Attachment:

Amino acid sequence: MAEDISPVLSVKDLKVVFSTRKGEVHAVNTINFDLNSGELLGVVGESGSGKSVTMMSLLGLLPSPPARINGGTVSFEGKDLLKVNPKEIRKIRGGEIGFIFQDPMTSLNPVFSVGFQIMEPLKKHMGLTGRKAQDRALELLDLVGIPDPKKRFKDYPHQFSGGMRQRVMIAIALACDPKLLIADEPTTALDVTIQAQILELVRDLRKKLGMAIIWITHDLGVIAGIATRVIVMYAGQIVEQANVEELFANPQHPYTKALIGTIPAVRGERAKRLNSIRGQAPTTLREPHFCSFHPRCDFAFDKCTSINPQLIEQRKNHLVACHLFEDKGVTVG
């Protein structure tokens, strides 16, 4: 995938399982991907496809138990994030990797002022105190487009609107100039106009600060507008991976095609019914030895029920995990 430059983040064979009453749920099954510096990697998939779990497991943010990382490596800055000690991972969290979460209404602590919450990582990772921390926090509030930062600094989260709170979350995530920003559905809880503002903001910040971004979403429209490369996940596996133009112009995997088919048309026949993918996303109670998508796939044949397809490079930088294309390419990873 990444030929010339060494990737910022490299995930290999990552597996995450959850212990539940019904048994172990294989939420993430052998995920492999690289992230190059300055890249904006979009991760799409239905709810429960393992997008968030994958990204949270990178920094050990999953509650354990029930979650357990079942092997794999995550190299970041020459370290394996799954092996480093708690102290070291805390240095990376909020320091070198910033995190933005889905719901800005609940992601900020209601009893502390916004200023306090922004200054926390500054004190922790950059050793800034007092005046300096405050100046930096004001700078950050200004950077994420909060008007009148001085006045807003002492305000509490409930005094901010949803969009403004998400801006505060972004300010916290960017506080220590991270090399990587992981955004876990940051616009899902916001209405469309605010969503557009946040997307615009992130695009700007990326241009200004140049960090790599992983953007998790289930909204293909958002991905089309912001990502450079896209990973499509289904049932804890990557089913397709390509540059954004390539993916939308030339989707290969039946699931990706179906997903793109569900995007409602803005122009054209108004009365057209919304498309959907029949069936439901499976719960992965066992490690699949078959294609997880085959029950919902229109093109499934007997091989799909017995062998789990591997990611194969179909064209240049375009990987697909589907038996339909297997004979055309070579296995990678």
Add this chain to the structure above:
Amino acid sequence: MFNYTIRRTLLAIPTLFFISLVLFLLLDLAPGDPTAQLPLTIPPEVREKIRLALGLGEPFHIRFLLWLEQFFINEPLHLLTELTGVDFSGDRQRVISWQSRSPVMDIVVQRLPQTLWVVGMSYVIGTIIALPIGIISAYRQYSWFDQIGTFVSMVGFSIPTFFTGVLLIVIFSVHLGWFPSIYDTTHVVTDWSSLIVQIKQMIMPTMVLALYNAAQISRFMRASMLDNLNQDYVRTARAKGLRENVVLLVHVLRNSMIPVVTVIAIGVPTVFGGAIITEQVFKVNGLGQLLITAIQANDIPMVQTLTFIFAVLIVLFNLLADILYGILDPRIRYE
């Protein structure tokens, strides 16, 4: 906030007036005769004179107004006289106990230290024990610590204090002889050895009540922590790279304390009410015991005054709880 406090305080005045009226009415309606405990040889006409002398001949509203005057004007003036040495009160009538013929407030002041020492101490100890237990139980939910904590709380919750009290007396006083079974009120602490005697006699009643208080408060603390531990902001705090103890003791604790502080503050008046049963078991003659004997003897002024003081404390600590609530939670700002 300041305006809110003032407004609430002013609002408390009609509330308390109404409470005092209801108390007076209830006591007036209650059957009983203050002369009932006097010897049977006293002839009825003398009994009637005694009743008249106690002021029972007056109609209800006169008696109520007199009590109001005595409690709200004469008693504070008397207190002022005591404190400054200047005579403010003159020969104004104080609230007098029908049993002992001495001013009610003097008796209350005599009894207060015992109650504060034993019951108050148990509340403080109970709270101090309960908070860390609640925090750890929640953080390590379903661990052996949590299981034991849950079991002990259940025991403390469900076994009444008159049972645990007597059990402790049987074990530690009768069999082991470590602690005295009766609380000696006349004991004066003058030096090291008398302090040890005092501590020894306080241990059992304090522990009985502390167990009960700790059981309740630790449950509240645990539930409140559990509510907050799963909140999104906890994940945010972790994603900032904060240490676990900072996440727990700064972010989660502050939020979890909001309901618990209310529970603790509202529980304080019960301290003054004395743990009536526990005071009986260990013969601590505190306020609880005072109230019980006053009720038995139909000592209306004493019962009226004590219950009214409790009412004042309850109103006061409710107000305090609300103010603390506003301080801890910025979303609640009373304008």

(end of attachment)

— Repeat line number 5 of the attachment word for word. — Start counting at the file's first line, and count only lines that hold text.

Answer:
């Protein structure tokens, strides 16, 4: 906030007036005769004179107004006289106990230290024990610590204090002889050895009540922590790279304390009410015991005054709880 406090305080005045009226009415309606405990040889006409002398001949509203005057004007003036040495009160009538013929407030002041020492101490100890237990139980939910904590709380919750009290007396006083079974009120602490005697006699009643208080408060603390531990902001705090103890003791604790502080503050008046049963078991003659004997003897002024003081404390600590609530939670700002 300041305006809110003032407004609430002013609002408390009609509330308390109404409470005092209801108390007076209830006591007036209650059957009983203050002369009932006097010897049977006293002839009825003398009994009637005694009743008249106690002021029972007056109609209800006169008696109520007199009590109001005595409690709200004469008693504070008397207190002022005591404190400054200047005579403010003159020969104004104080609230007098029908049993002992001495001013009610003097008796209350005599009894207060015992109650504060034993019951108050148990509340403080109970709270101090309960908070860390609640925090750890929640953080390590379903661990052996949590299981034991849950079991002990259940025991403390469900076994009444008159049972645990007597059990402790049987074990530690009768069999082991470590602690005295009766609380000696006349004991004066003058030096090291008398302090040890005092501590020894306080241990059992304090522990009985502390167990009960700790059981309740630790449950509240645990539930409140559990509510907050799963909140999104906890994940945010972790994603900032904060240490676990900072996440727990700064972010989660502050939020979890909001309901618990209310529970603790509202529980304080019960301290003054004395743990009536526990005071009986260990013969601590505190306020609880005072109230019980006053009720038995139909000592209306004493019962009226004590219950009214409790009412004042309850109103006061409710107000305090609300103010603390506003301080801890910025979303609640009373304008």